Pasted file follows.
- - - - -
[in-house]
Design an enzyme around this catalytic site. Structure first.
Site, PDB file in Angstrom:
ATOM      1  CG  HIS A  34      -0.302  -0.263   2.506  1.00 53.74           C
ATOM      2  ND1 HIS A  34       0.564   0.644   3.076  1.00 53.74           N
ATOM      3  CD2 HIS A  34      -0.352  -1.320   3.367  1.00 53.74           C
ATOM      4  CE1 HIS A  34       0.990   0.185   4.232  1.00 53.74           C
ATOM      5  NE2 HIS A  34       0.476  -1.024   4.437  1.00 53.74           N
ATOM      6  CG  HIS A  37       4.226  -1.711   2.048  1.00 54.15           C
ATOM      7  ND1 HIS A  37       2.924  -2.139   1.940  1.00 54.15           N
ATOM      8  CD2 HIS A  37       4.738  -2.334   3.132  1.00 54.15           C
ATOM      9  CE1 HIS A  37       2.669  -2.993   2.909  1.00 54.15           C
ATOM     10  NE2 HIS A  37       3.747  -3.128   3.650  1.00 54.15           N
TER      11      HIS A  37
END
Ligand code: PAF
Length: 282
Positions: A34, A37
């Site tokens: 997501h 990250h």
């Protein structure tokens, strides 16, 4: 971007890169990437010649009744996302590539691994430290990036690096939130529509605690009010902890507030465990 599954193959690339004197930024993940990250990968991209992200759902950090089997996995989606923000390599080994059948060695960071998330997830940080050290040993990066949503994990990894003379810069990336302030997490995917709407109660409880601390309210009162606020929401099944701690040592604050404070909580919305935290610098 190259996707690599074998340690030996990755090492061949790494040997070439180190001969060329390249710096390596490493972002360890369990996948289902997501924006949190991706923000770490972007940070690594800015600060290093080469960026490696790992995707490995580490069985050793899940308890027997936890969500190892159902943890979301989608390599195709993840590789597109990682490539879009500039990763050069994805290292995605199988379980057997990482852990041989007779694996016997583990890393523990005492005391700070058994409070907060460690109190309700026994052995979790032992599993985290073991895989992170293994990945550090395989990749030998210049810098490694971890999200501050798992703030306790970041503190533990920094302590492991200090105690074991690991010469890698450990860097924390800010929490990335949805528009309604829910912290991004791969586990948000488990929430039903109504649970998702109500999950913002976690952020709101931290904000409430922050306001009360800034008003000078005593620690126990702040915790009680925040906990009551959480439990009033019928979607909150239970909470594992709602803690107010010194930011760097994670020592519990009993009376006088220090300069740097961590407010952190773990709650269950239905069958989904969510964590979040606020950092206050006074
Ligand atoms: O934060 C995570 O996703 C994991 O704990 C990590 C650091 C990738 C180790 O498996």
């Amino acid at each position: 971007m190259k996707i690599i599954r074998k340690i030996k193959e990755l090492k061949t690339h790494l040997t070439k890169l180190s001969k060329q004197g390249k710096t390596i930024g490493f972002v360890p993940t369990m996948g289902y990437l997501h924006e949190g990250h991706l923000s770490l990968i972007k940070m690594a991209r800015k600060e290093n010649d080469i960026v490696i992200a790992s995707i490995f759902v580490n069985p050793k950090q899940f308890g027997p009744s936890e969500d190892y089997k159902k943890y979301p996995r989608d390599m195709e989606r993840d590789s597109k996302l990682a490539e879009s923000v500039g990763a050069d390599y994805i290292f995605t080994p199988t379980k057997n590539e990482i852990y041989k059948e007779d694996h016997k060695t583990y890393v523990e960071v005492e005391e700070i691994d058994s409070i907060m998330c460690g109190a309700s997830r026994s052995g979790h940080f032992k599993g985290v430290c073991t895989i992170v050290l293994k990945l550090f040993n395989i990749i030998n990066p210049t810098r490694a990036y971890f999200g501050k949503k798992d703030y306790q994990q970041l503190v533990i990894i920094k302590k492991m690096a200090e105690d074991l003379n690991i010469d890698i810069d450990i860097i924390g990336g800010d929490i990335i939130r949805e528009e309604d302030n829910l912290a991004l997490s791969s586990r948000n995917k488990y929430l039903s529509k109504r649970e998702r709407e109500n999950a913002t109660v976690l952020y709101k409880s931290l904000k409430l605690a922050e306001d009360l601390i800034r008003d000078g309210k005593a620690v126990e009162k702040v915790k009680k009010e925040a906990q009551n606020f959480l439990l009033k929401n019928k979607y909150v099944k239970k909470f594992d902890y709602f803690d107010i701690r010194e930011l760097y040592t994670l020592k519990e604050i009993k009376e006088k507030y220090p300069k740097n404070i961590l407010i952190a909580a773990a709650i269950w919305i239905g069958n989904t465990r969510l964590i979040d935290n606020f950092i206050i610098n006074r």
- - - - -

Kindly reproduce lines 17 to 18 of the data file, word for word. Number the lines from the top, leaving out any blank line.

Length: 282
Positions: A34, A37